Motivating Stories from Local Women
Every woman has a story to tell, and no two stories are alike. Meet the women who have persevered through challenges and tribulations and come out the other side stronger than ever.
What was a normal, busy, and fun life came to a screeching halt. The days before were typical. On February 13th, my husband Scott picked me up from the airport, and that evening our son, his fiancée, and their kids came over for dinner and to watch the Super Bowl. The next evening, I went to Scott’s work for an event. We came home, let the dogs out, and got ready for bed. Everything was normal, but at 6 a.m. the next morning, things changed.
Scott woke up to me having a seizure in bed, which I have no memory of. When he finally was able to get me coherent, I felt fine. I got up to get ready for work, and he said, “Angel, you had a seizure. You can’t just go to work.” My response was, “I don’t have seizures. It was probably a dream. I have a doctor’s appointment before work. I have to go.”
I just so happened to have a yearly appointment with my primary physician that morning. I told her everything, and she made an appointment for me to see a neurologist the next day and then sent me for an MRI. I knew something was wrong when we were called into a private room to let me know I had a tumor on my brain. On our way home from the imaging office, my doctor called. She told me to pack a bag and for Scott to take me to the ER right after. Once I got to the hospital, I had another MRI and met a neurosurgeon, who told me I would be having brain surgery the next day. I couldn’t believe it! Everything was going so fast, and I was so scared.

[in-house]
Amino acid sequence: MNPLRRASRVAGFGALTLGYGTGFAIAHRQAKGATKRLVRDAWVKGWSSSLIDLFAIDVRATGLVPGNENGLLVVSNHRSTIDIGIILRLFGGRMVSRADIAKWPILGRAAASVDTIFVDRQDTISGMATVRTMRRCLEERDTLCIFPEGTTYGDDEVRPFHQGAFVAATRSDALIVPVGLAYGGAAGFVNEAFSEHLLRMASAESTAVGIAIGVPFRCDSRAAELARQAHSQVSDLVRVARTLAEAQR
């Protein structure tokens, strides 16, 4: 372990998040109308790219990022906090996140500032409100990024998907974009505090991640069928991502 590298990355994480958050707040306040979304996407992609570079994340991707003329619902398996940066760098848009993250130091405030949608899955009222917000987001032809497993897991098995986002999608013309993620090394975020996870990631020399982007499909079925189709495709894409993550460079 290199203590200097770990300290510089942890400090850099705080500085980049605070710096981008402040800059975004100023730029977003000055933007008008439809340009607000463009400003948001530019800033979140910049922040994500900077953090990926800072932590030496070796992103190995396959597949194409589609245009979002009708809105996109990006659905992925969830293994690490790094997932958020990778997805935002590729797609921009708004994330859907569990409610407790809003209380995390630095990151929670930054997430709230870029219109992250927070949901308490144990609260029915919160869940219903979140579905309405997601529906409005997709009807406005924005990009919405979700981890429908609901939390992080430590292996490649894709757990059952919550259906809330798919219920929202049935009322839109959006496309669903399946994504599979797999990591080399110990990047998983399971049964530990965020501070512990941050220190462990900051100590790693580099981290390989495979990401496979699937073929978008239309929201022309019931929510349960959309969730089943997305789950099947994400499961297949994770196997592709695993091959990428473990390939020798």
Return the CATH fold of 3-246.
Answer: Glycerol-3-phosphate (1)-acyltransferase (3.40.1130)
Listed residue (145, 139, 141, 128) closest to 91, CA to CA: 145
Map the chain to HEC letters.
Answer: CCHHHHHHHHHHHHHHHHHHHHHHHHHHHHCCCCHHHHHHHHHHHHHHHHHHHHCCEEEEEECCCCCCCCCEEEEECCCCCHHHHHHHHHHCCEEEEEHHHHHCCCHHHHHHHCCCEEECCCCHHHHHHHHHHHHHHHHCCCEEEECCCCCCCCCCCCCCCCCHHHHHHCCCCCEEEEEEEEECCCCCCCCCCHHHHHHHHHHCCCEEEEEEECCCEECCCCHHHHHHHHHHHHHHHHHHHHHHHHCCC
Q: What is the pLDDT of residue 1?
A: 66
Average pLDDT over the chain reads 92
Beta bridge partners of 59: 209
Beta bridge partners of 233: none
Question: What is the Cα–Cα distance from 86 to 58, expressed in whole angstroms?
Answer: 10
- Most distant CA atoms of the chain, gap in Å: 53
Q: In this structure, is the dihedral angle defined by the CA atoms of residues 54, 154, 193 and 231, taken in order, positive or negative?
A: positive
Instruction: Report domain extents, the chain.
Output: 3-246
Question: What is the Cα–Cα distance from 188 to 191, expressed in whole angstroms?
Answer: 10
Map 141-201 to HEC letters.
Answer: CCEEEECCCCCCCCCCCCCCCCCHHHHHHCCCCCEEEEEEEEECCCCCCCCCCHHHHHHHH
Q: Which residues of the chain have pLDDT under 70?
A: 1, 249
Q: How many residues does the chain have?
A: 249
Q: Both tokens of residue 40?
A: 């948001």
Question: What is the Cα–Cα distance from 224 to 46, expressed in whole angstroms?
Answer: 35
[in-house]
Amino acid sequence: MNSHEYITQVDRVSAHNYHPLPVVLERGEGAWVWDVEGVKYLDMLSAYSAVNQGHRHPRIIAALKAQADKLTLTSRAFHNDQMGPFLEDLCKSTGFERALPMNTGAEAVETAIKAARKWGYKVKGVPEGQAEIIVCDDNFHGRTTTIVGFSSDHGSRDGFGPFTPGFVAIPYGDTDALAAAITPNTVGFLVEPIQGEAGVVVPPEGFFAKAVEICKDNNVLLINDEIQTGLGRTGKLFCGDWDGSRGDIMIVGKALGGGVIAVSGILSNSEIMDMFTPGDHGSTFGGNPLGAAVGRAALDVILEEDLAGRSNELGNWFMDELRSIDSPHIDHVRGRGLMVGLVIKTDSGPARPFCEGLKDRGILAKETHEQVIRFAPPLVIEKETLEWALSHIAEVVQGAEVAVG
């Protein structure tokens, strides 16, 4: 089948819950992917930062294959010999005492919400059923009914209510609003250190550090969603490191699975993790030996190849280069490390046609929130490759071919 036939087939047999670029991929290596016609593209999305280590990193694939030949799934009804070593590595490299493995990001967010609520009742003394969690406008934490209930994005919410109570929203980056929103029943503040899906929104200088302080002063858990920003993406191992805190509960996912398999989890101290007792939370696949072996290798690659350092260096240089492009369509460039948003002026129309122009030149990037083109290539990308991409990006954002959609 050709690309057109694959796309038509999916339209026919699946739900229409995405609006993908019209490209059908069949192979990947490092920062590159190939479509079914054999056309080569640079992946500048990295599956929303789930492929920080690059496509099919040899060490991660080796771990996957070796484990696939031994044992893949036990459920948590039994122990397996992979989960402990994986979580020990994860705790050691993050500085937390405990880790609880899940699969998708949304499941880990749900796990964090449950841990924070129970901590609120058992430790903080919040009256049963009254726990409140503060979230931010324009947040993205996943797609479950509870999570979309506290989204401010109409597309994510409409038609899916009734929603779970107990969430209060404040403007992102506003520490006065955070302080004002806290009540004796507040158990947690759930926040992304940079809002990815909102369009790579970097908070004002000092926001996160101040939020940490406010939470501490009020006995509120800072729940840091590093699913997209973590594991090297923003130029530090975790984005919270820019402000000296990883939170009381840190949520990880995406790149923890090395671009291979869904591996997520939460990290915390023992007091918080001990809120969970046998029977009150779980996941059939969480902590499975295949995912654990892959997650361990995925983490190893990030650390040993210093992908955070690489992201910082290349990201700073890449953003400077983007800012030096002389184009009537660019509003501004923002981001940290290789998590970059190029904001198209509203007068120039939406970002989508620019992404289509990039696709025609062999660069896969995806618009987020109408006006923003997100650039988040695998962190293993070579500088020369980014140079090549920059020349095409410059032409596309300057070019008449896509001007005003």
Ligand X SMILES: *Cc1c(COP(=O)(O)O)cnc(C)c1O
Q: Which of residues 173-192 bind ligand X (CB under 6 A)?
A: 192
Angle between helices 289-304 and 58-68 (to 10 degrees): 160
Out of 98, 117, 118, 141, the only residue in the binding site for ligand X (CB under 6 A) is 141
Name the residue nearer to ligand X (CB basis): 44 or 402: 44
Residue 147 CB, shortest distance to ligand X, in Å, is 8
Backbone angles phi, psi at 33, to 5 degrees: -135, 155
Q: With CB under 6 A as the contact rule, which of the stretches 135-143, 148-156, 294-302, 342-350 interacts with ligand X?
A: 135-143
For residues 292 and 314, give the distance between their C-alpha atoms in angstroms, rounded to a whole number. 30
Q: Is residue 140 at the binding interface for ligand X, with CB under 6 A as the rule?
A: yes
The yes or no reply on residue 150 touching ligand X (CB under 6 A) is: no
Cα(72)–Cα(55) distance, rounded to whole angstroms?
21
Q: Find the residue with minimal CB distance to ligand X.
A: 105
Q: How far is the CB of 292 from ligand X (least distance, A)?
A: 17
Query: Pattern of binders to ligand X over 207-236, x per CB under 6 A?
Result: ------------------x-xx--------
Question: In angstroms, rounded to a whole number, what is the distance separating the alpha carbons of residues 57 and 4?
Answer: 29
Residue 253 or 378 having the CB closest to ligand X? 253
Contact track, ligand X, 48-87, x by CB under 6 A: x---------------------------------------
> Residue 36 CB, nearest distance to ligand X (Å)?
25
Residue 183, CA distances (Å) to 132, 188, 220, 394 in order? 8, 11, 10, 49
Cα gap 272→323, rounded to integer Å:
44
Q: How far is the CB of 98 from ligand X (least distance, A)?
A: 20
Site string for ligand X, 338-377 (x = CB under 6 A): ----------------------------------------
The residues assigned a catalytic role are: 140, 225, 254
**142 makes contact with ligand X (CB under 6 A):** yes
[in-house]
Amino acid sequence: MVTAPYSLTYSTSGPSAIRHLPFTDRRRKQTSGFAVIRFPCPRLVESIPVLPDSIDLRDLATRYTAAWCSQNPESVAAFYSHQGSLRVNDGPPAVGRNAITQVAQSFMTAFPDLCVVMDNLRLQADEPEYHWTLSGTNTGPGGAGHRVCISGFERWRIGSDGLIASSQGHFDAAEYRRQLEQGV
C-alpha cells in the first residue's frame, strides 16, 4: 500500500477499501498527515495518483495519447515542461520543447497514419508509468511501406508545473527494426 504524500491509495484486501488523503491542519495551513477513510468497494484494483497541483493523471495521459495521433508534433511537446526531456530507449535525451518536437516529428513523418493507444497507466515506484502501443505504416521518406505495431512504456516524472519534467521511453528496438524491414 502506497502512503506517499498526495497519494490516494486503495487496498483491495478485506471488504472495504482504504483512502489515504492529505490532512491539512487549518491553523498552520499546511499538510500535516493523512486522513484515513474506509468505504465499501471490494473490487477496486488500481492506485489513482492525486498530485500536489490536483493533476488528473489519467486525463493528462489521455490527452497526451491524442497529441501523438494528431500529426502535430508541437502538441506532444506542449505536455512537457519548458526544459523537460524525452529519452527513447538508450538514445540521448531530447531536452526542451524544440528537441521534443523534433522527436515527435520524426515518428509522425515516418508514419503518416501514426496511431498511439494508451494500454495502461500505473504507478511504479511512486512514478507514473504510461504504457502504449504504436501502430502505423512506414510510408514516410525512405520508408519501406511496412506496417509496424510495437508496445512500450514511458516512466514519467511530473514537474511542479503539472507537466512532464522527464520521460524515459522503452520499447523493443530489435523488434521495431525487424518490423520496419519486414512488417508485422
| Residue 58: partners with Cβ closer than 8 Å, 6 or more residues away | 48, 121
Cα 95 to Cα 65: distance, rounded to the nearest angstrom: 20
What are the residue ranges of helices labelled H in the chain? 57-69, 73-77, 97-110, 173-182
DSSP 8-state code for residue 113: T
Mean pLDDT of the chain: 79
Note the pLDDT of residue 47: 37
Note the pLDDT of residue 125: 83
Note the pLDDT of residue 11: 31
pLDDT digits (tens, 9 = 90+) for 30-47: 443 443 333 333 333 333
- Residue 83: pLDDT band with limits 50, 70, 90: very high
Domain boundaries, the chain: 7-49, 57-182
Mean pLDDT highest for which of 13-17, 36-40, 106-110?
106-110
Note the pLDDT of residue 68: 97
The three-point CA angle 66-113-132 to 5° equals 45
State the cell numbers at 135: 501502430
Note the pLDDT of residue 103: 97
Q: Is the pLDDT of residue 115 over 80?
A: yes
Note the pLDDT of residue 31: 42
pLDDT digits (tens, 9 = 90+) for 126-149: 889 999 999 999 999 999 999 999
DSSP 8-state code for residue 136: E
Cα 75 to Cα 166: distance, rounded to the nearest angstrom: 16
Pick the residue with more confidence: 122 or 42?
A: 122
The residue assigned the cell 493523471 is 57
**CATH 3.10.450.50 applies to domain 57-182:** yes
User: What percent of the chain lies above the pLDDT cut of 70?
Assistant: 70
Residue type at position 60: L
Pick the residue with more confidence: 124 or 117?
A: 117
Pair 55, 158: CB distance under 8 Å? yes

Sure enough, on February 16th, I had brain surgery to remove a level 2 cancerous astrocytoma tumor. I did six weeks of radiation, and I’m still currently taking chemotherapy. I couldn’t drive for six months, and I’ll have MRIs regularly for quite some time. My last MRI showed no new growth, and I was told the results couldn’t have been better.
So many have said, “You’re so healthy. You eat right, hike, walk, run, and drink more water than anyone.”
Cancer doesn’t care, and it doesn’t discriminate. I almost didn’t go to the doctor that morning because I felt 100% fine. I wasn’t. Everyone asks me about my symptoms leading up to this, and I had none.
I’ve thought many times, “Am I going to beat this?” It’s okay to be scared, but never give up. You have to fight for yourself and the people who love you. My strength comes from my faith, my family, and my friends.
I’m thankful. Health is wealth!
Becki DeFriese, Ooltewah